Soon it was necessary to create a new central body, capable of managing the flows of the fledgling Internet. Thus, in 1993, the InterNIC was founded by merging the IANA and the NSF, and was entrusted with the management of the Domain Name System. It was the InterNIC that, in 1995, made the registration of Internet domains subject to payment, setting the price of an annual subscription at $50. This marked the beginning of the ‘modern’ history of Internet domains, perhaps more appropriately marked by the registration of google.com in 1997; in any case, by the same year, 3-letter names in the ‘dot com’ extension were already exhausted.
The domain name Google was actually supposed to be Googol; this term comes from mathematics and recognises 10 to the power of 100 (1 followed by 100 zeros). The name was suggested to co-founder Larry Page by his classmate Sean. The latter, however, did not know the correct spelling of ‘Googol’ when registering the domain, so he accidentally bought Google.com.
In 1998, it was decided to privatise the management of the system, which until then had been de facto in the hands of the US government. The Internet Corporation for Assigned Names and Numbers (ICANN) was therefore founded, the non-profit organisation that replaced the InterNIC in control of the DNS, delegating the sale and registration of Internet domains to Registrars and Registries. This change made the Internet more accessible, free but above all competitive. Some companies, in fact, contested the new domain name market, in order to grab the management of Top Level Domains. Others, on the other hand, tried to build new businesses on the Internet, represented by .com domains: it was in this context that the so-called ‘dotcom bubble‘ developed.
Imagine the United States in the late 1990s: the economic landscape was characterised by great expansion, enabled by low interest rates and declining inflation. This facilitated access to money through loans: huge amounts of capital financed the birth of start-ups based on the potential of the internet, hence called dot coms. Investors in the IT sector, certain of future profits, bought shares in companies that were often nothing more than an idea, or merely elaborate marketing strategies, in the absence of a finished product. FOMO and speculation then began to inflate the valuations of these companies, taking the NASDAQ index from 1000 points in 1995 to over 5000 points in March 2000: in short, the dotcom bubble was created.
Nasdaq (National Association of Securities Dealers Automated Quotation) is an American stock market and was the first example of an exclusively electronic stock exchange, i.e. based on a computer network.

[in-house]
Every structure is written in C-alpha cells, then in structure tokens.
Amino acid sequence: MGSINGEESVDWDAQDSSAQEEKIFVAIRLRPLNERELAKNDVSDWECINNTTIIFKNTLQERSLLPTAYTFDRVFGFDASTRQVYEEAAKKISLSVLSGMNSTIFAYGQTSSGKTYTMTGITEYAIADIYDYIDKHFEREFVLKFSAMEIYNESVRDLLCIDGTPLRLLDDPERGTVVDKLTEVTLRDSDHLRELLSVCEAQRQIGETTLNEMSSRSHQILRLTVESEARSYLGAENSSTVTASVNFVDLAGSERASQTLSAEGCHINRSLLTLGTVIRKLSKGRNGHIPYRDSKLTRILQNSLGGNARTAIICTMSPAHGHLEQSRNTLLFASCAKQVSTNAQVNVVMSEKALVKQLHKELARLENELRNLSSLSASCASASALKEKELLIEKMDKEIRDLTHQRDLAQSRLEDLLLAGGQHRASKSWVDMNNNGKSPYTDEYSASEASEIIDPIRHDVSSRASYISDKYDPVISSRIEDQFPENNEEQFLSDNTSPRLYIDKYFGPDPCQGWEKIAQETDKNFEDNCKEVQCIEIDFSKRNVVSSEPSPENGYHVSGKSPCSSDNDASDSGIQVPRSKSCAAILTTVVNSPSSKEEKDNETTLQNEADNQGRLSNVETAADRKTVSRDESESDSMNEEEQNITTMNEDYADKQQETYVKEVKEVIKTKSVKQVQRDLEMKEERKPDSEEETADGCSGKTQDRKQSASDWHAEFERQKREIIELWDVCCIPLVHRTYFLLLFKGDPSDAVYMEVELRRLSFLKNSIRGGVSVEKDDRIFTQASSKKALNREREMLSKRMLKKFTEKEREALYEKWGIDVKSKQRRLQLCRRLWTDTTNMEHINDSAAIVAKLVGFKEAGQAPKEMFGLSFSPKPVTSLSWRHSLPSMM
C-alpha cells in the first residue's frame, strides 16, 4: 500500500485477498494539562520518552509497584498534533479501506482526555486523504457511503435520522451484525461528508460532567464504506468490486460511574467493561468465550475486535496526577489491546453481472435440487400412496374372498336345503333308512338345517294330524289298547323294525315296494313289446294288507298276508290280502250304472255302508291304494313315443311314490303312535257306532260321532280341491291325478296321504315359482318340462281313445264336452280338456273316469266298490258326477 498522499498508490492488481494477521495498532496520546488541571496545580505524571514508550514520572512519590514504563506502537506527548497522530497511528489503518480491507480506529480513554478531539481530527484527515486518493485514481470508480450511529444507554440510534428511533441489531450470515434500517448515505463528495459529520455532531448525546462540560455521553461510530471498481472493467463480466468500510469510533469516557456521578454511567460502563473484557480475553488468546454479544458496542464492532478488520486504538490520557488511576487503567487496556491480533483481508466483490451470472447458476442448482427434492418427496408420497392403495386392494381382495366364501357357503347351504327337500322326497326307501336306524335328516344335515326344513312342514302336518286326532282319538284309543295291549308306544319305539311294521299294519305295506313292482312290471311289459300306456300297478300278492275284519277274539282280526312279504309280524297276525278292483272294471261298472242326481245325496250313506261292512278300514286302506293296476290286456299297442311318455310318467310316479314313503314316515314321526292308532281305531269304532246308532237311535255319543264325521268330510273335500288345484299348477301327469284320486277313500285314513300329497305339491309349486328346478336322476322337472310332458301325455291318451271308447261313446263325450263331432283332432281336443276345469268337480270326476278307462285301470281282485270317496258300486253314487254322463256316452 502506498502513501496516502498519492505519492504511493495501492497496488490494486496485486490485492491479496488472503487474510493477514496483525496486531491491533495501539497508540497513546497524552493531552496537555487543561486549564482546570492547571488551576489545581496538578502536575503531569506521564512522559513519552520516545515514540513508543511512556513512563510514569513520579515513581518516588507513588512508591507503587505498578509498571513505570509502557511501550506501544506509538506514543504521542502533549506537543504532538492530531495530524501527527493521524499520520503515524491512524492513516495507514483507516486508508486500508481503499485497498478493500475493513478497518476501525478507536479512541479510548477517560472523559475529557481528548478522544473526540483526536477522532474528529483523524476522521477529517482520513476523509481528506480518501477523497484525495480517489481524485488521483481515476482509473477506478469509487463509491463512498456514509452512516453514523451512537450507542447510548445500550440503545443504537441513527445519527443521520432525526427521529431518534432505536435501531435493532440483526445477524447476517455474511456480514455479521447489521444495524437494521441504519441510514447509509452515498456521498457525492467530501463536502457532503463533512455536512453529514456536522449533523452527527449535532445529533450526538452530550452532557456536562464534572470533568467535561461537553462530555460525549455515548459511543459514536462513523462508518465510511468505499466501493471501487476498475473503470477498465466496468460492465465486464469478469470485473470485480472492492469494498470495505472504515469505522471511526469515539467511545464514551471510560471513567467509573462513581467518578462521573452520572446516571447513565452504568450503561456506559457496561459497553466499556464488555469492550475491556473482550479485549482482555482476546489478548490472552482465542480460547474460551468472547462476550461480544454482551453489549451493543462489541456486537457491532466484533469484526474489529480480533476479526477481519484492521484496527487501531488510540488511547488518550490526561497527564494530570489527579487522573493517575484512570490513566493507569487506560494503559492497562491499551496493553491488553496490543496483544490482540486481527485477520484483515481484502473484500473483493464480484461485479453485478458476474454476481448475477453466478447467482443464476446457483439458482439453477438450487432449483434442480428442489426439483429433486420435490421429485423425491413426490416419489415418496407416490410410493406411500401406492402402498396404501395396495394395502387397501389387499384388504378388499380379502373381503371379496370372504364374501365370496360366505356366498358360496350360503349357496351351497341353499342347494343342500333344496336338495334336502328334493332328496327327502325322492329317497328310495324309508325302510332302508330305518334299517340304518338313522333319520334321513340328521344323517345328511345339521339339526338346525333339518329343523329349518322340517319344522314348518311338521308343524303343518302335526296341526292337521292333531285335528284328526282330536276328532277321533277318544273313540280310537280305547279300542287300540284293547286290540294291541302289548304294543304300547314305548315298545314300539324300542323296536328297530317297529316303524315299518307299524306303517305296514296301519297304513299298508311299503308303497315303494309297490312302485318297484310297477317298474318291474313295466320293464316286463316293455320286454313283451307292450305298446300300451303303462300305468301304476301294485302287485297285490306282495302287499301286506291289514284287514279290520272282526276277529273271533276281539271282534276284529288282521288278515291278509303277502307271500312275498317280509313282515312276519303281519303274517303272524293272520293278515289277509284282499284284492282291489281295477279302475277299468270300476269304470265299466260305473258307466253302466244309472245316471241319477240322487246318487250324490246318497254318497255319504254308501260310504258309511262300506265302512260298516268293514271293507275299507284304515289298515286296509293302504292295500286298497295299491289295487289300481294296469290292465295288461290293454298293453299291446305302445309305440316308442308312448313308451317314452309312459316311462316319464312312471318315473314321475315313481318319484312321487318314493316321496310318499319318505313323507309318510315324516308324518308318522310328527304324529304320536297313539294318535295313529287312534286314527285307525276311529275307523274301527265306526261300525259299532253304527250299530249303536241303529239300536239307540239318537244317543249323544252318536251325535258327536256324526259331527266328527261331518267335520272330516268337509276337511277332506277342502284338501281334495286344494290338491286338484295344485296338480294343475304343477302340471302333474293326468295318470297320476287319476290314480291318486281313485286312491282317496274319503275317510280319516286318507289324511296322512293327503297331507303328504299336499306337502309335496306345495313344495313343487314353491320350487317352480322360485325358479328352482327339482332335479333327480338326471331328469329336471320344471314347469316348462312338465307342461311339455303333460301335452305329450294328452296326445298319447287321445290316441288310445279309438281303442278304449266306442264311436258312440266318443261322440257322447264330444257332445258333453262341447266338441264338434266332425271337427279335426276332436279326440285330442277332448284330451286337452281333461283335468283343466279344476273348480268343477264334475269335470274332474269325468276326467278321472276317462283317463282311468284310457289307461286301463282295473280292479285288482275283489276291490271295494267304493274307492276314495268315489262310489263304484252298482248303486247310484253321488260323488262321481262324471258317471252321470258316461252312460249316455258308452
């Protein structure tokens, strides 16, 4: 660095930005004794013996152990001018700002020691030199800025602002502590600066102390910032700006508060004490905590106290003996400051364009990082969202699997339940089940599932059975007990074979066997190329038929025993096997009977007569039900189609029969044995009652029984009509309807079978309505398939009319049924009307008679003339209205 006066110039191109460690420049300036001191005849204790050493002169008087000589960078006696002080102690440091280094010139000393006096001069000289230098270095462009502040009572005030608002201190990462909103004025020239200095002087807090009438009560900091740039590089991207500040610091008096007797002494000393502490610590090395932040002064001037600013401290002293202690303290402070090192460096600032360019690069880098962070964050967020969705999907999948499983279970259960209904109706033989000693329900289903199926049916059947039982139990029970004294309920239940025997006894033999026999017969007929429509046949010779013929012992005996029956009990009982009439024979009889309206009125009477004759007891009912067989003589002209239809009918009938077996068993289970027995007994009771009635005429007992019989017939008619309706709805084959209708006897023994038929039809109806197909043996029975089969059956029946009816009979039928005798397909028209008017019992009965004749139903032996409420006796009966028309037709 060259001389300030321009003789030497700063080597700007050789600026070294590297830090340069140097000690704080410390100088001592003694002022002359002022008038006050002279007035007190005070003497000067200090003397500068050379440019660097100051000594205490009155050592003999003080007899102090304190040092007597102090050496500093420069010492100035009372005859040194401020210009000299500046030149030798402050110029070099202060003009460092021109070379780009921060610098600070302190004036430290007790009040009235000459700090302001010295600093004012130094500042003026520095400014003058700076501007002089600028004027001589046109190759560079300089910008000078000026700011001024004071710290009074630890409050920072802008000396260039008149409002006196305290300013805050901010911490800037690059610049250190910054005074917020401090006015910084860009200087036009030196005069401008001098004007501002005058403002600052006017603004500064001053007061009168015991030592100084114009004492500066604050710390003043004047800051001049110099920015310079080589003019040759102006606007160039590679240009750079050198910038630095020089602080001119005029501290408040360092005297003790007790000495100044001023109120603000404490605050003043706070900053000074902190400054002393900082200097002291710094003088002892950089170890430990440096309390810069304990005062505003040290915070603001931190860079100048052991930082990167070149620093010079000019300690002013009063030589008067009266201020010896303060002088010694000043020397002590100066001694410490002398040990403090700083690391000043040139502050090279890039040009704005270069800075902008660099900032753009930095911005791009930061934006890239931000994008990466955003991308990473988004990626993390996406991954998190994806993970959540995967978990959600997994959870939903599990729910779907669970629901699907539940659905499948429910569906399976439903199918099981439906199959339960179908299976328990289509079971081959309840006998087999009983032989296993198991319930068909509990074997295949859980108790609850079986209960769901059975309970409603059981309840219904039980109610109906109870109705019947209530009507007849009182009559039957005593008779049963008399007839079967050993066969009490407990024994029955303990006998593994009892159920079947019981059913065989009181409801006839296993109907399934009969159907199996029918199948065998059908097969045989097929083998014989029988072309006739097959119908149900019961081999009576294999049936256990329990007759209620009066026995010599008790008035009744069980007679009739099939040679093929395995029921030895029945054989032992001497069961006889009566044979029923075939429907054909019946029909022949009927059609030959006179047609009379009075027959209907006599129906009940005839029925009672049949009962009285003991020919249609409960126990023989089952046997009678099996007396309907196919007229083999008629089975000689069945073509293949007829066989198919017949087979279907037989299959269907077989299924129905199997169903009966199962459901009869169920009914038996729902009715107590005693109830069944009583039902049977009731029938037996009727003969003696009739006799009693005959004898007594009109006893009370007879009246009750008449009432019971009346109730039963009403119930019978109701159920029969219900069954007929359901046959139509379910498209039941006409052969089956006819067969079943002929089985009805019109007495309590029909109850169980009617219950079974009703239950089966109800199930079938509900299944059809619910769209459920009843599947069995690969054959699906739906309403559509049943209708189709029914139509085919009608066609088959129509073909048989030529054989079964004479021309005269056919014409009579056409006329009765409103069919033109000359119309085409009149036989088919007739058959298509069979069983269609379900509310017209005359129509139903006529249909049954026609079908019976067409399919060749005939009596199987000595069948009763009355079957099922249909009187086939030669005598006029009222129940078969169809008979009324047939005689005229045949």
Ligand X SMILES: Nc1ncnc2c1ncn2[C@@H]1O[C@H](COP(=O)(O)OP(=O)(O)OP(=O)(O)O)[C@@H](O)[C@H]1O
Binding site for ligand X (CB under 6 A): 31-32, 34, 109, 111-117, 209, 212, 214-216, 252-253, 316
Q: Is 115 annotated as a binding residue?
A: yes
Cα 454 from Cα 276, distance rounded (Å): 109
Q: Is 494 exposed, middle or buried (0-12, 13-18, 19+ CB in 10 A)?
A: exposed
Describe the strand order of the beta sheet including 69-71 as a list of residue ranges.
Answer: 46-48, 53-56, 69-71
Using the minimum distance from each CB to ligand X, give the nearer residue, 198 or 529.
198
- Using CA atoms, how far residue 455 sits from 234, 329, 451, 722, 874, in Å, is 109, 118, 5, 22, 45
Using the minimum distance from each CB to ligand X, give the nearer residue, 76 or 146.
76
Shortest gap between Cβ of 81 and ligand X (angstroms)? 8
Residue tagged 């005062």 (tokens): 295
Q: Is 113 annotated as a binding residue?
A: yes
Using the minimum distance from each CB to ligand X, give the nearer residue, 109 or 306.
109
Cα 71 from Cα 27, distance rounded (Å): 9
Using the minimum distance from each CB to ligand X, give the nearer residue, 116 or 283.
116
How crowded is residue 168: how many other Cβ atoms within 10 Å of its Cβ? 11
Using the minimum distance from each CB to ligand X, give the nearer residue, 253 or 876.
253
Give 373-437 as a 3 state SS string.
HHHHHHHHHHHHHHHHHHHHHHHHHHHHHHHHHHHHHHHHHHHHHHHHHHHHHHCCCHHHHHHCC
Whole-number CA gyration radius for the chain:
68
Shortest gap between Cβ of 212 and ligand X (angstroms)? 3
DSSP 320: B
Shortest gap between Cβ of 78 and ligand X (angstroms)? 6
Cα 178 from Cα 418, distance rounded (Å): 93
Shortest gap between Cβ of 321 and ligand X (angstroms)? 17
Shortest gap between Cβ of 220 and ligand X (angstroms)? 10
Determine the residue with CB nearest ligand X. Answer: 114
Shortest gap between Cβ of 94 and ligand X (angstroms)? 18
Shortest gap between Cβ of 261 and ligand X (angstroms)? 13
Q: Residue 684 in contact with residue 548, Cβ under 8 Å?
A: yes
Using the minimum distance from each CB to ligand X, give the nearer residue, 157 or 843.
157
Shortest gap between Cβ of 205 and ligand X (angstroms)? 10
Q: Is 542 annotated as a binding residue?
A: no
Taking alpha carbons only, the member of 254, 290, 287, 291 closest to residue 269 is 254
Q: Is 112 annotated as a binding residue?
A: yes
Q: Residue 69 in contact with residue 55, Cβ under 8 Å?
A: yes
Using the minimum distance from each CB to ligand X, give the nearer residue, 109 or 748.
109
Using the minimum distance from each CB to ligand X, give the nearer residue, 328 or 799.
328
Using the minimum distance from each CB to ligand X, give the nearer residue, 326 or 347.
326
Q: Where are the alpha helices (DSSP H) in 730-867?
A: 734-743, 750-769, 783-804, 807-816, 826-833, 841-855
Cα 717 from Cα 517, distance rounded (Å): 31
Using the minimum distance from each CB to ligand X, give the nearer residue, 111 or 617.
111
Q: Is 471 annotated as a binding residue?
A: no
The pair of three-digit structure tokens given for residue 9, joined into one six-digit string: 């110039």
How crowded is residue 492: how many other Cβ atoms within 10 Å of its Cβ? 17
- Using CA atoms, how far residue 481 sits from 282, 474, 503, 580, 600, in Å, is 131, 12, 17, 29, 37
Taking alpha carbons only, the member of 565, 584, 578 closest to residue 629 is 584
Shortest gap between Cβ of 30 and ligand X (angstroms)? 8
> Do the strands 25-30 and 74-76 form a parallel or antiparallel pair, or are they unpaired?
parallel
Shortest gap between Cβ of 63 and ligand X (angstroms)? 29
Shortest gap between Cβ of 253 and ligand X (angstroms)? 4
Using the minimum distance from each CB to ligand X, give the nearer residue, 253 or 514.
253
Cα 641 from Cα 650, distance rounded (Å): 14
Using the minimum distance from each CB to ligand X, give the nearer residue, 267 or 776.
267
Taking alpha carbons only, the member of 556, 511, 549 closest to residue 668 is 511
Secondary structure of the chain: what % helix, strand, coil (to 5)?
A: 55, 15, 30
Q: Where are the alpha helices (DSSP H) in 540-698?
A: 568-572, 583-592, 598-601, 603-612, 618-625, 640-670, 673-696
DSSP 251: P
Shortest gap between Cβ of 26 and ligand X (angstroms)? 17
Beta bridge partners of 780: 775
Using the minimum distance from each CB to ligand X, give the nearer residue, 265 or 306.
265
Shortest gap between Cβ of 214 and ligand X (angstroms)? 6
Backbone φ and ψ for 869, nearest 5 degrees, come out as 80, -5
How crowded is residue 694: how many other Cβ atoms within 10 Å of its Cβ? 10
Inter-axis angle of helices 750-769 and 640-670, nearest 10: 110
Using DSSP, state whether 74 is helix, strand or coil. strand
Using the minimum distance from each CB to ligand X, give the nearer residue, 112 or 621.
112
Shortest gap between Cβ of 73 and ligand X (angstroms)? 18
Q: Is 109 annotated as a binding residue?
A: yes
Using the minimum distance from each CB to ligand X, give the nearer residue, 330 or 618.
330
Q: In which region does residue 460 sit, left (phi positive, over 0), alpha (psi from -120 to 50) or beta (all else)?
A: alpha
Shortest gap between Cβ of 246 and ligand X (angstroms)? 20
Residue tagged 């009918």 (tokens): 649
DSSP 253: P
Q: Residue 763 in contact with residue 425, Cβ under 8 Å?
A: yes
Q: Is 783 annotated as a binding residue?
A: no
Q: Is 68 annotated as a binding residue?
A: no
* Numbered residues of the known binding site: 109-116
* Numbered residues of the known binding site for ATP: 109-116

Following the motto Get big fast, the dotcoms tried to build strong brands through advertising and promotion, or even by offering products and services for free, in the hope of grabbing a ‘slice’ of the Internet market. This would allow them to obtain a customer base large enough to generate profits later on, but only by raising prices. The initial capital, however, soon ran out and thus most of the companies without a business plan went bankrupt: their shares quickly lost value, leading to the bursting of the dotcom bubble.
NFT domains: from .com to .crypto
The history of Internet domains, however, did not come to a halt: in November 2000, 7 new generic TLDs were selected and gradually introduced between 2001 and 2002, including .biz (business), .info and .coop (cooperative). Then in 2003, six more were added, such as .jobs, .tel and .mobi, the latter for websites that could be consulted by the first mobile devices.
It is easy to imagine that highly searched and common words and phrases, such as business, travel or sports, are desired by many investors or web entrepreneurs. Building a website on these second-level domain names (SLD), followed by any extension, would guarantee millions of visits. Therefore, some domains still represent a real opportunity for profit; for this reason, they have always been the subject of speculation. Registering domains at the cost of a few dollars to resell them for exorbitant sums (domain flipping) soon became the interest of many, such as Mike Mann who in 2012 bought 14,962 domain names in 24 hours for this purpose.
In December 2013, 4-letter .com domain names were exhausted, but that same year another 100 gTLDs were issued, followed in 2018 by another 1000. Today, there are more than 1,500 extensions and potentially infinite word combinations, all underlying the same DNS mechanism, or almost. From now on, history will not always repeat itself, because it has recently had a ‘crypto’ twist: some providers have made themselves independent of ICANN, issuing Internet domains on blockchain. Freename, Unstoppable Domains and Ethereum Name Service (ENS) are examples of this new type of registrars, which create and sell NFT domains, based on smart contract technology. Their extensions emphasise the Web3 context: we have .crypto, .nft, .blockchain, .bitcoin and many other TLDs dedicated to the crypto world.
In a nutshell, NFT domains are names registered on blockchain, owned in the form of non-fungible tokens, so that ownership can be verified and tracked. You can associate them with your wallet, so as to create your own digital identity, create a decentralised website with them or simply sell them on. The story of internet domains, therefore, is far from over: it continues in Web3, opening up the potential common to cryptocurrencies; ready to discover the 10 ways to use your NFT domain?